Snow piling up on a satellite dish will attenuate the signal right off the air. Either a heating element to melt the snow, a specially designed cover to protect the dish or a good brush to clean away the snow will fix this problem.

The last consideration I can think of in dealing with Mother Nature would be the semi-annual alignment of the dish, satellite and the sun. Every year in both the spring and fall there is a time spanning about a week when these three factors come into alignment. The first day it lasts only a minute or so, with the time of outage increasing to as much as 20-30 minutes during the peak, decreasing by the end of the week just like it began. Since the sun generates copious amounts of radio noise, it wins in the battle and the satellite signal is lost at the receiver. If you cannot afford to be out of service, one way to circumvent this problem it to get a feed from a satellite parked in a different geosynchronous orbit as a backup.


Subject: A professional invitation

From: Ernie L Claudio"

It's a rare opportunity to be invited in a forum like this. Being the current President of Society Of Broadcast Engineers And Technicians Of The Philippines (SBETP) with international  affiliation of SBE - USA & KBETA - Korea & Domestic affiliation with IECEP & CABTI, its a welcome invitation. I was the Senior Vice President of GMA Network Inc. with TV Channel in Metro Manila - Channel 7 & Channel 27 and 45 more VHF in the country. Effective May 15, 2001, I already resigned. I will be more focused in my own organization CEBI Electronics Corp., a company into assembly, supply and system installation of Broadcast Equipment and consultancy.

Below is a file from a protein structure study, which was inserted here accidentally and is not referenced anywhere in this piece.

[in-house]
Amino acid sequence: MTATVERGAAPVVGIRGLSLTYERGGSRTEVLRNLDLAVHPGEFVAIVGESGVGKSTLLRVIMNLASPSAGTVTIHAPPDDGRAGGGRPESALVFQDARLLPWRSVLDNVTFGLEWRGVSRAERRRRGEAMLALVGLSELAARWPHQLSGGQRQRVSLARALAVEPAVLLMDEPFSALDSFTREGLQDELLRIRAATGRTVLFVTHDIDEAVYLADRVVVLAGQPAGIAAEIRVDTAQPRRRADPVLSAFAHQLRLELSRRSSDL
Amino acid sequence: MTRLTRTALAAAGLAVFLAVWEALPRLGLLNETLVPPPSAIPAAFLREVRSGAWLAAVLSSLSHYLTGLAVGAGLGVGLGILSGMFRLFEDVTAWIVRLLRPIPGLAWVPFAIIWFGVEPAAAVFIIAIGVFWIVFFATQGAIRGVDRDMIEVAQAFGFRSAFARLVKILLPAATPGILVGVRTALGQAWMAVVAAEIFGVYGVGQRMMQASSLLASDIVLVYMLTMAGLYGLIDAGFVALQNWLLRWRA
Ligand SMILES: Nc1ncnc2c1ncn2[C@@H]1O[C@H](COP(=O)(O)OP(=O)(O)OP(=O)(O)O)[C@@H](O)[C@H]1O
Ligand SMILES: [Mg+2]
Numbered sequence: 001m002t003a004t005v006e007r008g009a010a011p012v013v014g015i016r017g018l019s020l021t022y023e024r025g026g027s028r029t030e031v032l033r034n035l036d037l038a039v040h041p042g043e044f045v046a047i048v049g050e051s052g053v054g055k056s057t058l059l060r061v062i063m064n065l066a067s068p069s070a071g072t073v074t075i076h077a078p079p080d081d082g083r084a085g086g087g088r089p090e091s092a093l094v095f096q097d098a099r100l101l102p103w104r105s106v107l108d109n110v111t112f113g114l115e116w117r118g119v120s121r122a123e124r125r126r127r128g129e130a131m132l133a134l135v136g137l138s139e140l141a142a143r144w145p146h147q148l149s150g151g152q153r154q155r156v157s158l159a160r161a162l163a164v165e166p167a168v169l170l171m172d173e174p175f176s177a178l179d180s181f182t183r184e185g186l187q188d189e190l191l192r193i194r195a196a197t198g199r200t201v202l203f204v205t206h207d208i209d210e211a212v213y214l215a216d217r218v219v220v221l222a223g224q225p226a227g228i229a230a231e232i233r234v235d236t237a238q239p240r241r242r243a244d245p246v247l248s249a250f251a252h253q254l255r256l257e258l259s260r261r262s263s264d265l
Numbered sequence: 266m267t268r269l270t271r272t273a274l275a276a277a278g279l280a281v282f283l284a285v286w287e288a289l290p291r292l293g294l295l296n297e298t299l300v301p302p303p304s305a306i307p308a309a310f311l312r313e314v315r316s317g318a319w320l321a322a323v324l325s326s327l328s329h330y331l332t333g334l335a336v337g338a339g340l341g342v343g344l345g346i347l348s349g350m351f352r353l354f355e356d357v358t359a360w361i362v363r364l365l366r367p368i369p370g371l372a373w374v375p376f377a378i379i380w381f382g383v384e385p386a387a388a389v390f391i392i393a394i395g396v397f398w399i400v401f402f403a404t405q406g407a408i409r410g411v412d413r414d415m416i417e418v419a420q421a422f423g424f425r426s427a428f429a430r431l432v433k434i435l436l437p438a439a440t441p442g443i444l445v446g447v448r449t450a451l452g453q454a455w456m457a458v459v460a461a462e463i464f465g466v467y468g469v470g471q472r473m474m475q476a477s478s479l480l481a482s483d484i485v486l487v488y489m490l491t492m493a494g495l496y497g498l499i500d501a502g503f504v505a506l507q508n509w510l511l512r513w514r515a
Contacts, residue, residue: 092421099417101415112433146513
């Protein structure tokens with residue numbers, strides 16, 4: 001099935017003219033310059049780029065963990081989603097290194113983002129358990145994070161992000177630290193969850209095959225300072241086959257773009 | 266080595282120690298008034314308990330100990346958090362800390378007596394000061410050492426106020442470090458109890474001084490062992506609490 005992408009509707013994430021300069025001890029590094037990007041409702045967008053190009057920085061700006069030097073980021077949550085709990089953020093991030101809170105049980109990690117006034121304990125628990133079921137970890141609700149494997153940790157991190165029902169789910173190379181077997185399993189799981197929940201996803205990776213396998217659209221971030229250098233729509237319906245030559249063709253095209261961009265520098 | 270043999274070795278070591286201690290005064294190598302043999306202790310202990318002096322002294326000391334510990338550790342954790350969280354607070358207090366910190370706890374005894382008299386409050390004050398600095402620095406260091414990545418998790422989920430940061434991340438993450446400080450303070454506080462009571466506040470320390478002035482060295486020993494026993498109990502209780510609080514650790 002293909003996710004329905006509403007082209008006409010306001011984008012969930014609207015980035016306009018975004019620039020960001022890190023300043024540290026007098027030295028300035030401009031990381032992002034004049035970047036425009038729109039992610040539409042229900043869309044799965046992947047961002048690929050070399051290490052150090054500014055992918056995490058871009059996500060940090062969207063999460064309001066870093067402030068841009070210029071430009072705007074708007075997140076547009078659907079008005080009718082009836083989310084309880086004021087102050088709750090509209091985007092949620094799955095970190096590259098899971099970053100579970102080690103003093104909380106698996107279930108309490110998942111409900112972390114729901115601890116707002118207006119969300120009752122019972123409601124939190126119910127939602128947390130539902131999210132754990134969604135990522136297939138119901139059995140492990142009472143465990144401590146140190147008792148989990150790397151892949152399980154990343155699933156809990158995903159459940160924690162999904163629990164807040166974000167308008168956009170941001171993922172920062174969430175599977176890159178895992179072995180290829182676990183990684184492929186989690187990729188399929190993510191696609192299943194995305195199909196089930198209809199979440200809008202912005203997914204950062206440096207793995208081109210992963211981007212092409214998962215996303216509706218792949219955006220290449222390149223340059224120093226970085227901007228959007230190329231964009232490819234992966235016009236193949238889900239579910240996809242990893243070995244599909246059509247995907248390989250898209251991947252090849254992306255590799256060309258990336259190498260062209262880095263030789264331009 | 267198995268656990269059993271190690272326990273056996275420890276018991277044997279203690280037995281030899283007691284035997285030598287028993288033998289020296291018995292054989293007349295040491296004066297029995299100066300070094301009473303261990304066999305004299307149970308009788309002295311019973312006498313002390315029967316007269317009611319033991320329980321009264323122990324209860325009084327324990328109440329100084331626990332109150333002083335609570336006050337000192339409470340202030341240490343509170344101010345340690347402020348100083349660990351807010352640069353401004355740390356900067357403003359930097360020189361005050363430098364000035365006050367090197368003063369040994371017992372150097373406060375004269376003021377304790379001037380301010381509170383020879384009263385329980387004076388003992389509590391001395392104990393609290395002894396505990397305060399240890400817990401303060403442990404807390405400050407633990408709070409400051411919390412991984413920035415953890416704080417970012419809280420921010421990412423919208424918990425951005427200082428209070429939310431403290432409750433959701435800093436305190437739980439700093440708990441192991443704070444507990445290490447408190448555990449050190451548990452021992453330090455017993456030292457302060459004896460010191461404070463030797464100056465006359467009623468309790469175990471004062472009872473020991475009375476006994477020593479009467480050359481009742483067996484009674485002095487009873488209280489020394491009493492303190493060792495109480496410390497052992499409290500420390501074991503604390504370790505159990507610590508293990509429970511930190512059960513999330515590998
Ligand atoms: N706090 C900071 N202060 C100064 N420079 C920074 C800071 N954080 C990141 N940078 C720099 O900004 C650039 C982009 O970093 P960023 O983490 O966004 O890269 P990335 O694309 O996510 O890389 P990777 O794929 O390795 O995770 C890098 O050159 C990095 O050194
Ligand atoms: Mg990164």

SBETP is an organization of Phil. Engineers and Technicians solely in the industry of Broadcasting. Presently, we are tasked to study, evaluate and recommend the possible digital broadcast terrestrial standards to be implemented in the country, by virtual of MOA signed with KBP (Kapisanan Brodkaster sa Pilipinas) like the NAB of USA which until now we are exploring the flexibility of this MOA to have a budget from KBP and other sources to support the project. Although we already started forming the committee and have all the necessary preparations needed to commence the start of the serious job. Not until KBP will provide the necessary logistics, we could hardly proceed.

Since Broadcasters is a self regulating organization here under KBP, the Gov’t. has less governing power in the implementations broadcast rules.

NTC like FCC of US, has given the full right to recommend the terrestrial digital standards.

Anyway, I will be in NAB next month and hope I can be qualified in the invitation sent to me at the moment.

Regards,   Ernie L. Claudio


 Subject: NAB 2001 – Visit us at Booth #L430

By: Larry Bloomfield